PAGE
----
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United Way program broadens Owen Middle School's scope this fall
This fall, Owen Middle School could be a hub for services that go far beyond educating its students.
United Way of Asheville and Buncombe County is planning to make Owen Middle the fourth middle school in the area to have a community resource coordinator who will connect families of students at risk of failing to services that help the students work toward high school graduation. United Way’s Middle School Success Initiative is already in place at Asheville, Erwin and Enka middle schools. United Way hopes to replicate it at all seven middle schools in Buncombe County.
The “community school” strategy, a national model upon which the initiative is based, addresses more than a student’s performance. It also supports the health and financial well-being of a student’s family. Doing so helps local families and elevates the community in which they live, so the thinking goes, making the whole region stronger.
United Way will explain more about the Middle School Success Initiative at a 5:30-7 p.m. reception Wednesday, May 10 at Pisgah Brewing Co, 150 Eastside Drive, Black Mountain (RSVP at firstname.lastname@example.org or call 828-239-1043). It will also explain the initiative at Owen Middle School at noon Wednesday May 10 and noon Thursday, May 18.
United Way decided to install its fourth program in Buncombe County at Owen Middle School because of “generational poverty” in the Swannanoa Valley, according to a United Way brochure.
Sixty percent of Owen Middle students qualify for free or reduced-price school lunches – the third highest percentage among Buncombe County middle schools, according to United Way’s research of state Department of Public Instruction data. The school’s end-of-grade proficiency for economically disadvantaged students is just below the 50 percent mark – the four lowest middle school in the county.
Other school data supplied by the United Way supports the need for help at the middle school level. There is a 9 percent gap in the graduation rates of students who live in poverty and those who don’t (80 vs. 89 percent). Students who fail a core subject like English or math are 25 percent less like to graduate, as are those who have two or more mild or serious infractions and those who miss 18 days of more of school.
Students who don’t graduate are three times more likely to be poor and six more times likely to be arrested. They die, on average, nine years earlier.
Owen Middle School already serves as a community hub. Bounty & Soul distributes food and conducts cooking classes there every week. The school’s Natural Impact Initiative is landscaping the 40-acre campus into an outdoor learning and recreational space for students and the community.
“We’ve worked diligently to open our doors,” school principal Heidi VonDohlen said. The United Way’s initiative will help it do even more, and it’s sorely needed, she said.
“At a time when demands of public schools increase - teaching, nutrition, counseling, nursing, parenting, etc. - we continue to lose positions,” VonDohlen said via email. “We're known for offering clubs and activities beyond many other middle schools. However, we're reaching our saturation point, though there are many more things we'd like to offer to our students and families.”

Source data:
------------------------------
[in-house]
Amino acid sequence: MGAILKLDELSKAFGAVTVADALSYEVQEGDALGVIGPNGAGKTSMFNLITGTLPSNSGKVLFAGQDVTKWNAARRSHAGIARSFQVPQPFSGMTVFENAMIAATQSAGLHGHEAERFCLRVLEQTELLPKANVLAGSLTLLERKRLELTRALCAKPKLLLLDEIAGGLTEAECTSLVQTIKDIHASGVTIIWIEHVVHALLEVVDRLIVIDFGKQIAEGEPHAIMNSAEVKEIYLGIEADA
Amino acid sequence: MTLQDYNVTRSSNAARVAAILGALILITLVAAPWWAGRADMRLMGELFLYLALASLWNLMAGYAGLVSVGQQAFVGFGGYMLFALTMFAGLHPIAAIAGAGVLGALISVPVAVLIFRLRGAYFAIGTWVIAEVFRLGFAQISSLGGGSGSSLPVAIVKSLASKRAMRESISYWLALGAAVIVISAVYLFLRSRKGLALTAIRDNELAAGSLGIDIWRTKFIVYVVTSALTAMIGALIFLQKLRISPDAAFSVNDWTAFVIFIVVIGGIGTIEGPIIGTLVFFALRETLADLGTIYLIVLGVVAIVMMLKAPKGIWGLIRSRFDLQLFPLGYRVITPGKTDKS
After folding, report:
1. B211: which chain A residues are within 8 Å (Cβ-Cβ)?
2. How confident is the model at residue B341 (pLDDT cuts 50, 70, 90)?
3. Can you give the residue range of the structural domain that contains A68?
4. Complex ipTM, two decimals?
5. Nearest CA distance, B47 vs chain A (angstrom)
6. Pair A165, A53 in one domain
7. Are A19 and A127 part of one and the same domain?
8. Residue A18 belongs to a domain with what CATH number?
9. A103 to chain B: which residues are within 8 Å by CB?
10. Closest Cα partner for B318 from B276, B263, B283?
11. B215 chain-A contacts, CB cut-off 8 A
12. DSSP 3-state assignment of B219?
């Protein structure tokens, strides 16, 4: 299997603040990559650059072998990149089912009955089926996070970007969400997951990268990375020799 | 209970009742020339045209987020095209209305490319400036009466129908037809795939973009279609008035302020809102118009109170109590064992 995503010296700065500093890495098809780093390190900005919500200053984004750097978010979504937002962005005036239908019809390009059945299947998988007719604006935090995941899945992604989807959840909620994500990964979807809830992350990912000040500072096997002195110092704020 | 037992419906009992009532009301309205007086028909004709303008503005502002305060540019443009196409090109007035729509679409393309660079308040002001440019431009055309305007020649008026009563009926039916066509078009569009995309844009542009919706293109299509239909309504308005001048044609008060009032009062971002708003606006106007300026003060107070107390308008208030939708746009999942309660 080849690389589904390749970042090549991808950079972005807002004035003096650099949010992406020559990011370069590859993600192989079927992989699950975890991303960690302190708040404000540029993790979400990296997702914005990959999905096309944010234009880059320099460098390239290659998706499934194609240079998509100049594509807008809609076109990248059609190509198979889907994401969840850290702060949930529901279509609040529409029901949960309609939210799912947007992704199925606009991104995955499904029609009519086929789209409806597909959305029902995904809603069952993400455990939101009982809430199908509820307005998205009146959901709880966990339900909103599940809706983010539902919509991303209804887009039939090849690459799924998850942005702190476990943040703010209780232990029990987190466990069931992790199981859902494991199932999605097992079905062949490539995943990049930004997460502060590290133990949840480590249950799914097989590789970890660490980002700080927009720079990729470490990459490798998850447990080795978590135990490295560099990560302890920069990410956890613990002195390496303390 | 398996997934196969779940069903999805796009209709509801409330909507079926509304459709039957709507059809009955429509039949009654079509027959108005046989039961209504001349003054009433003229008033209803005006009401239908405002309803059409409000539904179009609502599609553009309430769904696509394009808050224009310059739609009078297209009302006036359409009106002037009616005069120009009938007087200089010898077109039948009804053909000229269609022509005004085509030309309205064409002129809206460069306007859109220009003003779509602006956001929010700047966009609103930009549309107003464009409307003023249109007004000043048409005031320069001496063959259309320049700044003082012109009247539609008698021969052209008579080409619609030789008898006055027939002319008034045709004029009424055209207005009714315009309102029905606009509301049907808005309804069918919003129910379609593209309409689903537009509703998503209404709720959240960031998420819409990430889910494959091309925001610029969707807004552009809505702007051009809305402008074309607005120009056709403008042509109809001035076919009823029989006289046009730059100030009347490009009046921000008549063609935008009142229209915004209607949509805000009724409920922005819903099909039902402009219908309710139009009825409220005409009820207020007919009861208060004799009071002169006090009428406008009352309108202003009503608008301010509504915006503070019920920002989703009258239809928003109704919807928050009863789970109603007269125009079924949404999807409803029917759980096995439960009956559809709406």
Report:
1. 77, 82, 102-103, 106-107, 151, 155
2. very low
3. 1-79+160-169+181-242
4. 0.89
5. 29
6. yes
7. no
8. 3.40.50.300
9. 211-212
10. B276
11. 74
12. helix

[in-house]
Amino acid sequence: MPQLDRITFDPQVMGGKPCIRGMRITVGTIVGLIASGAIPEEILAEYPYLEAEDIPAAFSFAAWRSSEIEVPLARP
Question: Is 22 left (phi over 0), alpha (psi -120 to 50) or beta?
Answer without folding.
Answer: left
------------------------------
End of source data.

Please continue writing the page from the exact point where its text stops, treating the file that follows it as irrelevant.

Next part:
“The faculty and staff at the schools are very, very busy,” said Christine Swoap, the parent of a sixth-grade Owen Middle School student and a Warren Wilson College Spanish instructor whose students work with Latino students at the middle school. She said there are many families at Owen who need help finding services, and there are many volunteers hoping to help.
“It’s just a matter of getting all the pieces in place,” and the United Way community schools resource coordinator seems to effective in doing just that, she said.
The programs at Asheville, Enka and Erwin middle schools started this school year, so they are too new to effectively gauge results, said Laura Elliot, United Way’s Middle School Success Initiative director in Asheville. But one of the initiative’s programs - the Homework Diner - is now attracting 100 people each week at Enka Middle, up from 40 who showed up when it began, she said.
Homework Diner, a free weekly gathering in which families share a meal and their children of any age receive help with their schoolwork, are already in place at Erwin, Enka and Asheville middle schools. It is scheduled for Owen Middle School.
Another program for helping identify students who may, with their families, need community services is the United Way’s “early warning and response” system. The computer software collates reams of spreadsheets and databases into an onscreen “dashboard” that shows teachers and others information about a student’s attendance, behavior and core subject achievement. It is color coded to help its busy users notice students who need help.
The Middle School Success Initiative was created in 2013 out of the Asheville Buncombe Middle Grades Network which brought together Asheville City Schools, Buncombe County Schools and more than two dozen community partners to prepare ninth-graders for high school and high schoolers for graduation.
The United Way is recruiting volunteers now to tutor and otherwise help at Homework Diner. “One-on-one time from caring adults is often the most caring intervention we can bring to the table,” Elliot said.
United Way of Asheville and Buncombe County is currently raising $200,000 to operate the Owen Middle School program for three years, said Ben Moser, the agency’s director of major gifts.